What are S&R pros doing about data security and privacy?

Data security consistently tops the laundry list of security priorities because it must. Organisations are collecting data, creating data, using data, and storing data in some way or another. Mishandle data or disregard privacy, and you’ve...

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Data security consistently tops the laundry list of security priorities because it must. Organisations are collecting data, creating data, using data, and storing data in some way or another. Mishandle data or disregard privacy, and you’ve got a public relations fiasco on your hands with the potential to disrupt business operations or hurt the bottom line.

So, we know that data security is a priority, but what does that mean? What are organizations actually doing here? How much are they spending, and where are they focusing their efforts? And what are they doing about privacy? I’ve dug into data from Forrester’s Forrsights Security Survey, Q2 2012 and data from the International Association of Privacy Professionals (IAPP) to answer these questions in a newly published benchmarks report for our Data Security and Privacy playbook. Note: This is not a shopping list, nor a check list, nor is it a “spend x% on data security because your peers are doing so!” manifesto. This report is meant to be a starting point for discussion for S&R pros within their organizations to take a closer look at their own data security and privacy strategy.

Key findings include:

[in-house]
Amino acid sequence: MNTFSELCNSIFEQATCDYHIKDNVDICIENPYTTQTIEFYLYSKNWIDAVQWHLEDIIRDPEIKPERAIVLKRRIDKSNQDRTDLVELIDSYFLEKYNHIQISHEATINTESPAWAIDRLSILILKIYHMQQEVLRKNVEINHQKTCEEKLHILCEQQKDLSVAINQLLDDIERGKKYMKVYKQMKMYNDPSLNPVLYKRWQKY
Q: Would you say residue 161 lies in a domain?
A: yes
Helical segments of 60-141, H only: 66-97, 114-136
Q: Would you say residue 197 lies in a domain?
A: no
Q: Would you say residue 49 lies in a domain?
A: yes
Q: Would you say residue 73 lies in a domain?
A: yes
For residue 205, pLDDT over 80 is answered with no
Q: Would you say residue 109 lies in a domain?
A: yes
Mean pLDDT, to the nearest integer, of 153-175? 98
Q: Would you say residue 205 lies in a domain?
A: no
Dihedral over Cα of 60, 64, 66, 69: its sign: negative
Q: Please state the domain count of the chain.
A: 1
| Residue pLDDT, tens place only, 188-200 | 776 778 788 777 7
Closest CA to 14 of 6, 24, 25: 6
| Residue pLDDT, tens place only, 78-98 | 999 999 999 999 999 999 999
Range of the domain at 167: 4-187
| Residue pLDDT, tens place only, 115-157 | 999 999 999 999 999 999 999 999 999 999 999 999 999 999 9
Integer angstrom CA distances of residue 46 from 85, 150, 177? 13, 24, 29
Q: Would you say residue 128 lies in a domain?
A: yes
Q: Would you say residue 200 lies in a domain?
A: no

• Data security is a top priority and commands a sizable chunk of budget. A majority of organisations (91 percent) cite data security as a critical or high priority and allocate, on average, 16 percent of security technology budget to this area. Hot focus areas include database vulnerability assessment, monitoring, and auditing, with 24 percent of firms planning to invest here, and data leak prevention (DLP), with 22 percent of firms planning investments in this area.

  • Consumerisation fuels data security concerns, but protection is lacking. Data loss and protection are top mobile security concerns. Most firms have policies to address consumerisation (85 percent have a smartphone security policy, and 76 percent have a tablet security policy), but enforcement tools are lacking. Despite high concerns, many firms are either doing nothing for mobile data protection (23 percent) or only implementing baseline device security policies (38 percent) like password entry and remote lock and wipe.

  • Privacy responsibilities go beyond the security group. Data security is primarily a security group responsibility. Privacy responsibility cuts across various business units and groups, and privacy officers and third-party privacy support are also called in to help. Privacy professionals surveyed by the IAPP tell us that top drivers for funding privacy include meeting compliance (54 percent) and reducing risk of data breach notification and publicised data breaches (50 percent).

Any surprises? Or does this align with your expectations? Does your organization enlist the support of external privacy experts? And how does your organization approach or use benchmarking data? I’d love to hear from you.

Posted by Heidi Shey
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